...continued: overall it does not matter what ethnicity and language our apostles hail from, but I cannot help but think that prophesies will be fulfilled as the top leadership grafts in members of these different cultures, particularly those of Book of Mormon heritage.

An Asian or African (or Pacific islander) would be an amazing apostolic call as well, but I do think it is time that Walter Gonzalez or Carlos Amado or another could be called from the faithful ranks of Hispanics (not to mention Brazilians). I have seen Francisco Vinas in person, who is very impressive, and now Jorge Zeballos (2008-present) from Chile are an impressive growing number of great leaders from south of our border.It won't be a game changer to me, but as President Hinckley said, "converts are the life-blood of the Church", and I think new/old blood would be quite a charge to millions. We live in great times. The Lord is in charge.

Christopher Nicholson said...

So a branch got discontinued in Ethiopia, right? Sad. I wonder why the Church does so poorly in East Africa while it is booming in West and Central Africa.

Adam said...

The Philippines area has been more open than any other organization in the church in regard to church statistics. In their Feb 2014 broadcast they gave statistics over a 7 year period for sacrament attendance, Melchizedek priesthood at sacrament, total endowed, yearly baptisms, as well as total couples sealed in the temple for the country.

I was waiting for the video for the 2015 Philippine Area Broadcast but never saw it on their youtube page. I was able to find a PDF, but it doesn't have all the graphs that might show up in a video version. That PDF can be found here.

Some statistical highlights: (from Feb 2015)

Native Filipinos serving missions: 2970 (2.65 natives per unit)
Total Missionaries serving in country: 5,019 (Thus about 60% native, three missions in Mindanao are native-only.)
Baptisms: 20,000+ (up from 15k the previous year, largest as far back as my data goes (2007))
Cost Per Missionary: 11,500 Php, or 250 dollars per month. A quick calculation gives us $750 per baptism, not too shabby.

19 Stakes are self-reliant in fast offering assistance to the poor and the needy, there are currently 94 stakes (and 76 districts.)

There are 896 chapels and rented facilities - meant to be within 30 minutes of traveling, but they said they are extending that to 45 minutes. Going to be approving fewer groups to build centers of strength. They will not build a chapel (or they will continue leasing a building) until sacrament attendance is at 110 and unit has proved tithing faithfulness. 47% are thus labeled "under-utilized."

If anyone can find the video for it, it'll be greatly appreciated! I always love getting insights on how the hastening of the work is going. This gives some interesting nuggets that you normally don't get to investigate.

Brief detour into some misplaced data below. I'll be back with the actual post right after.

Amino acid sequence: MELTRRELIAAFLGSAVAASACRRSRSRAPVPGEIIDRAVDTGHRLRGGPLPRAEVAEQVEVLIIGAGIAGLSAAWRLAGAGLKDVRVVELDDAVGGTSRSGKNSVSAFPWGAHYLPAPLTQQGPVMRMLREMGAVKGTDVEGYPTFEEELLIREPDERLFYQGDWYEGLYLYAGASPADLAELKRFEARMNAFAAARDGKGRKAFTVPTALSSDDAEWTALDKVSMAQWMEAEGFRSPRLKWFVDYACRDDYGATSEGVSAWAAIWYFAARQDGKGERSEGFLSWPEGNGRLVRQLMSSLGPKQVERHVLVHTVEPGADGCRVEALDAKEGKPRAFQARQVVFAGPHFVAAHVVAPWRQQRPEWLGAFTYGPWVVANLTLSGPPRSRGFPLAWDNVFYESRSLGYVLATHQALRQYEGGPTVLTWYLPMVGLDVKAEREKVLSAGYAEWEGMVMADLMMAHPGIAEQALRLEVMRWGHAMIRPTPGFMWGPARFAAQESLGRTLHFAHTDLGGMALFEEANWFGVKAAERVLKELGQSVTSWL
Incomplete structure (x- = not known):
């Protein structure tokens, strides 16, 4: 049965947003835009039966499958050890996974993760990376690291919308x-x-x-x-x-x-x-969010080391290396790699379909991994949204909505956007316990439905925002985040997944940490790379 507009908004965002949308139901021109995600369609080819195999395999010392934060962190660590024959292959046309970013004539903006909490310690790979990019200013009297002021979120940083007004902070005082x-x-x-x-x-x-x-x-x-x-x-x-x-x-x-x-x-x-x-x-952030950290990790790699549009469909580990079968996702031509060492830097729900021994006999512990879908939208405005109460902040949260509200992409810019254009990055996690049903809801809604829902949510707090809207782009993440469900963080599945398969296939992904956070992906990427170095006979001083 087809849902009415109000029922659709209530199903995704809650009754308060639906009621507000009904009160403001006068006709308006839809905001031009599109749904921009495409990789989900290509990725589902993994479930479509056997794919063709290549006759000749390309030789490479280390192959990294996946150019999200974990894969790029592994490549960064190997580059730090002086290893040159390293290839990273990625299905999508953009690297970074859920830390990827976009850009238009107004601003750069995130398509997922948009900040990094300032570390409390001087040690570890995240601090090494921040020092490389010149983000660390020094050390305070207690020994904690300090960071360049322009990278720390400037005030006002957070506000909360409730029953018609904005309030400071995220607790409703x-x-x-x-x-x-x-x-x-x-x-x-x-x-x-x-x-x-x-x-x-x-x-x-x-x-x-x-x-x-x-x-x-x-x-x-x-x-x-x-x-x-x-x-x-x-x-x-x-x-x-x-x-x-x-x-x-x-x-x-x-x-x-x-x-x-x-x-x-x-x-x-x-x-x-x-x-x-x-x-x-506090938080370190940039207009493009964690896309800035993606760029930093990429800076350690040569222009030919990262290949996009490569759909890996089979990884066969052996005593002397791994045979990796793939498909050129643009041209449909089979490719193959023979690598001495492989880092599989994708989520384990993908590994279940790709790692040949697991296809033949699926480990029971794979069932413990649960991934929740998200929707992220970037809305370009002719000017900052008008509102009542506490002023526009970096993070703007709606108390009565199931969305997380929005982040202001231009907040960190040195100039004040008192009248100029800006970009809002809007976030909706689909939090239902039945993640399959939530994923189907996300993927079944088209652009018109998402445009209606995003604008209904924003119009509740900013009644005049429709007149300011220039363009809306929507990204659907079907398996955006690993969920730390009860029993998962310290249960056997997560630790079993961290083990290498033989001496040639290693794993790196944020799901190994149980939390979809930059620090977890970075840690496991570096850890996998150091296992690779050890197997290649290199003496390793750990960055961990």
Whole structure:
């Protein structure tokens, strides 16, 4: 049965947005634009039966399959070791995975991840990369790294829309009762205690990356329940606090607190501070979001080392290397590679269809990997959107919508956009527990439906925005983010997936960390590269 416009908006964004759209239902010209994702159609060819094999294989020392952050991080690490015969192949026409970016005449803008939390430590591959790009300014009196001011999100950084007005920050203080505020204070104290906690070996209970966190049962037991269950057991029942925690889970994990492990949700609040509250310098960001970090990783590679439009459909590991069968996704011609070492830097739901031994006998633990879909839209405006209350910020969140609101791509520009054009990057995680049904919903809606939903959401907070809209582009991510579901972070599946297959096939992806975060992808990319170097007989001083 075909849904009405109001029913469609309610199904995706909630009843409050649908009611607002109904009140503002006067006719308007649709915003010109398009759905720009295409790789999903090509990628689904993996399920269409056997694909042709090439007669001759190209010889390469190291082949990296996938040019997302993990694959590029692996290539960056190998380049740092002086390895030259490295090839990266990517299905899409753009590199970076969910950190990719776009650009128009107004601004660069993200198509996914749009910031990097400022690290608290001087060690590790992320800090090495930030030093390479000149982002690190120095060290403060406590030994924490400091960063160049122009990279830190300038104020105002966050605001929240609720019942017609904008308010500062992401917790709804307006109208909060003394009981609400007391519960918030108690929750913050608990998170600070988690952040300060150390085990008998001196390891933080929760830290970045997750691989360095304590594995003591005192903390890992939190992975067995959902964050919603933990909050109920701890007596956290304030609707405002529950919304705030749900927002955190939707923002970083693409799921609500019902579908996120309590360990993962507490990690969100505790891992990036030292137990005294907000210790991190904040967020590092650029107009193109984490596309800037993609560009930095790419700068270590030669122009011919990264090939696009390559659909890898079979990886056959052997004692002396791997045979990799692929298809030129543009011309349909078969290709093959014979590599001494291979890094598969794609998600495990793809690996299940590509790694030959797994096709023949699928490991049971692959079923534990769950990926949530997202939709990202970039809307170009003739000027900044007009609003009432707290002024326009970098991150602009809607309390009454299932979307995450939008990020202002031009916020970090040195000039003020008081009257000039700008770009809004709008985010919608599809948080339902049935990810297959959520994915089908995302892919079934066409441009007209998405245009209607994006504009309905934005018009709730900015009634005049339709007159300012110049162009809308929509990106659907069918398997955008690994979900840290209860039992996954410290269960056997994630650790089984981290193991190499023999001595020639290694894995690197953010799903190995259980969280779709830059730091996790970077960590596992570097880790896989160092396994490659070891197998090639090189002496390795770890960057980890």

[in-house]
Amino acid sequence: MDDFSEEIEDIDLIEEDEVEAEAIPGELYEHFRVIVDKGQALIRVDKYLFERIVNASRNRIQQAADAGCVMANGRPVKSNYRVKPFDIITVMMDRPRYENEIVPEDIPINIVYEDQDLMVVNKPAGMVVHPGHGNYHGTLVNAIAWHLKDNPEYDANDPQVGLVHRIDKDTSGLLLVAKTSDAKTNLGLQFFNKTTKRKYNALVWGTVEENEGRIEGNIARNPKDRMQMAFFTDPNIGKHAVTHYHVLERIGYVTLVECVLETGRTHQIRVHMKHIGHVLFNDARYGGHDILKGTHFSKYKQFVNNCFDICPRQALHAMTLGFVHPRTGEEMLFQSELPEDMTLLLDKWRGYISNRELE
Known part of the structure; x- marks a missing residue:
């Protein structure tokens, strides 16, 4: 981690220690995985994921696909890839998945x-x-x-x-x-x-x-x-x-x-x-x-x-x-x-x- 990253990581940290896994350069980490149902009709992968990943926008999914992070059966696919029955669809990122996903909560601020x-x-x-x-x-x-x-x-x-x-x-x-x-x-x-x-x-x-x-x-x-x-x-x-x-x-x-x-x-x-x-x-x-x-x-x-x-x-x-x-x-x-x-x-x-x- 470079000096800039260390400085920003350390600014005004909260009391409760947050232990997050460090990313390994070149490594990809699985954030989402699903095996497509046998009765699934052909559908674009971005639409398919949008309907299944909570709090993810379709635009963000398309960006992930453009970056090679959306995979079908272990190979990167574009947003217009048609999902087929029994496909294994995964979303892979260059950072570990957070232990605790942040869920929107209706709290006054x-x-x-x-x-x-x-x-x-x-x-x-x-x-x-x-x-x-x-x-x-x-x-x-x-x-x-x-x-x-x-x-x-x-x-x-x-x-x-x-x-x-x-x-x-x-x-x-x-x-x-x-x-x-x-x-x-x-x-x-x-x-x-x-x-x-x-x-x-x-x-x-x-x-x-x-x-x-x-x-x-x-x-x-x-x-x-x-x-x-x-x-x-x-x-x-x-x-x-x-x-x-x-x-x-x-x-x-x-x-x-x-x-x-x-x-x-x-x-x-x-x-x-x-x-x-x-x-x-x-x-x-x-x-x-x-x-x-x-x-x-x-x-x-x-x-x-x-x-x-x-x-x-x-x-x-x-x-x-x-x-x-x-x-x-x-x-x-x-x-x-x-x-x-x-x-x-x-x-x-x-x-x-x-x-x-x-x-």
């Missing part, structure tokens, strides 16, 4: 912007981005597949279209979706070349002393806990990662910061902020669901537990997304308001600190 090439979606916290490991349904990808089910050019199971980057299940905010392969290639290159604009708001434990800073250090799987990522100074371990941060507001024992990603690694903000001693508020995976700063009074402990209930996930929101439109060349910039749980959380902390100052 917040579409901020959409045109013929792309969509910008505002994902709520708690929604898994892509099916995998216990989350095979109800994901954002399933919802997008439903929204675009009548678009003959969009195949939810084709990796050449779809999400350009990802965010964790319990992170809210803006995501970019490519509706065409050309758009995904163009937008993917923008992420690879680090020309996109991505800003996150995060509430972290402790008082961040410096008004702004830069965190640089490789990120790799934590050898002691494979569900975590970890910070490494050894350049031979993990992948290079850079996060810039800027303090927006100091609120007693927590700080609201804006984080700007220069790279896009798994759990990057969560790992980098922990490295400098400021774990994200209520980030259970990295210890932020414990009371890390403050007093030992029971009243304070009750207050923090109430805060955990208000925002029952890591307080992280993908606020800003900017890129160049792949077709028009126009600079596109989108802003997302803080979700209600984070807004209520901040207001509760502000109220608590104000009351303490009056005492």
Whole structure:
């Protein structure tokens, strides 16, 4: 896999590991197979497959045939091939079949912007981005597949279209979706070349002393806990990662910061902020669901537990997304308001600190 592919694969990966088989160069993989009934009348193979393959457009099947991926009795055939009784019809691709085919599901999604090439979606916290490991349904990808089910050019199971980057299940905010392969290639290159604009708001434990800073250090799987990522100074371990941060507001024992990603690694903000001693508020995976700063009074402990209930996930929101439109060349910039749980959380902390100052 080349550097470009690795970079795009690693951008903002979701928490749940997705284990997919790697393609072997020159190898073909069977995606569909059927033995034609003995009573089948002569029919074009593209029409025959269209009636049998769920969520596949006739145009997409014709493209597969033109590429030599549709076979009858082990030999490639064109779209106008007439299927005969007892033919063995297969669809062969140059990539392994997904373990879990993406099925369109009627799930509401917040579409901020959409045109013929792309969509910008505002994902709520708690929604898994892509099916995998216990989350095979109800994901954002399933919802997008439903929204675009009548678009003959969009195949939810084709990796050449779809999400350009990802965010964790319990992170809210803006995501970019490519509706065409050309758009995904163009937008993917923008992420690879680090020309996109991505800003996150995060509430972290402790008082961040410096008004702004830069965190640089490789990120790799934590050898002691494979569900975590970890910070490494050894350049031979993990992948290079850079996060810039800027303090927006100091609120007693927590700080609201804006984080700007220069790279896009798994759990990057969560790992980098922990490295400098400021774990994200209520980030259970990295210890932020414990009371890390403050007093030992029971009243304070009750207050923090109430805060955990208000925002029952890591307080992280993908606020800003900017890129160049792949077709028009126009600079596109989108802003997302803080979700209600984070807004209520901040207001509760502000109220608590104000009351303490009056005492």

Eduardo said...

East African nations and lands provide some steep challenges and opportunities for LDS growth. Somalia is in effect 3 nations/divisions and has been for a generation. Food and stability have been difficult to maintain. Ethiopia has a bigger Christian base but has vast regions poxed by drought and hunger. Economic futility does not make for good proselyting, as well as criminal and anti-Christian factions like in South Sudan, the newest country in the world. Kenya, Uganda, Tanzania and these neighbors are progressing while Burundi suffers political unrest. Language complexities also pose issues in growth. Cushitic is a Semitic branch which tends to be really hard to learn. Other smaller ethnicities and tongues are quite disparate and hard to penetrate. I won't stop pressing as a missionary but some places look more hopeful in the Millenium. Not to cast pessimism on East Africa and Indian Ocean isles, but time and effort (and faith) are required to advance.

Eduardo said...
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John Pack Lambert said...

59% of the population in Chile is Catholic per 2014 figures, which is still a majority, but hardly at all. The figure was 80.7% back in 1982.

John Pack Lambert said...

I doubt Carlos H. Amado will be called to the 12 since he has been emeritized. However I could be wrong.

James Anderson said...

An interesting find regarding the creation of the stake in Vanuatu. The talk by the area presidency member who went to create the stake, after all the business and the rest of the talks were done apparently.

Bryce said...
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Bryce said...
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Bryce said...

Sorry, had problems posting...very cool talk from Vanuatu, thanks James! "The young boys and girls who are seated in the conference today will see a day that will come when there will be 10 or 20 stakes in the country of Vanuatu and where there will be a temple here. That is the vision of the Lord."

Mike Johnson said...

Thank you James for posting the information about the creation of the first stake in Vanuatu. I note that the Port Vila 1st and 2nd Branches became the Port Vila 1st, 2nd, and 3rd Wards. Not the same as a single branch being divided into 3 wards, like we read about recently in another part of the world, but it is still interesting to hear the Area Seventy from Tonga, in announcing the stake and the new stake presidency that the stake has five wards and 3 branches, with 2 branches becoming 3 wards.

Mike Johnson said...

The following units were announced as being parts of the Port Vila Vanuatu Stake:

Blacksands Ward
Etas Ward
Port Vila 1st Ward
Port Vila 2nd Ward
Port Vila 3rd Ward
Erakor Branch
Mele Branch
Paunangisu Branch

Eduardo said...

Yeah, I forgot Elder Amado was emeritized. Point being, I think a native Spanish or Portuguese speaking apostle would resonate greatly with those communities. Has there been any native American general authorities since George P Lee? Did Larry Echohawk become one?

John Pack Lambert said...

Larry Echohawk is a member of the 1st quorum of the 70. To my knowledge he is the only current general authority who is a registered member of a Native American tribe.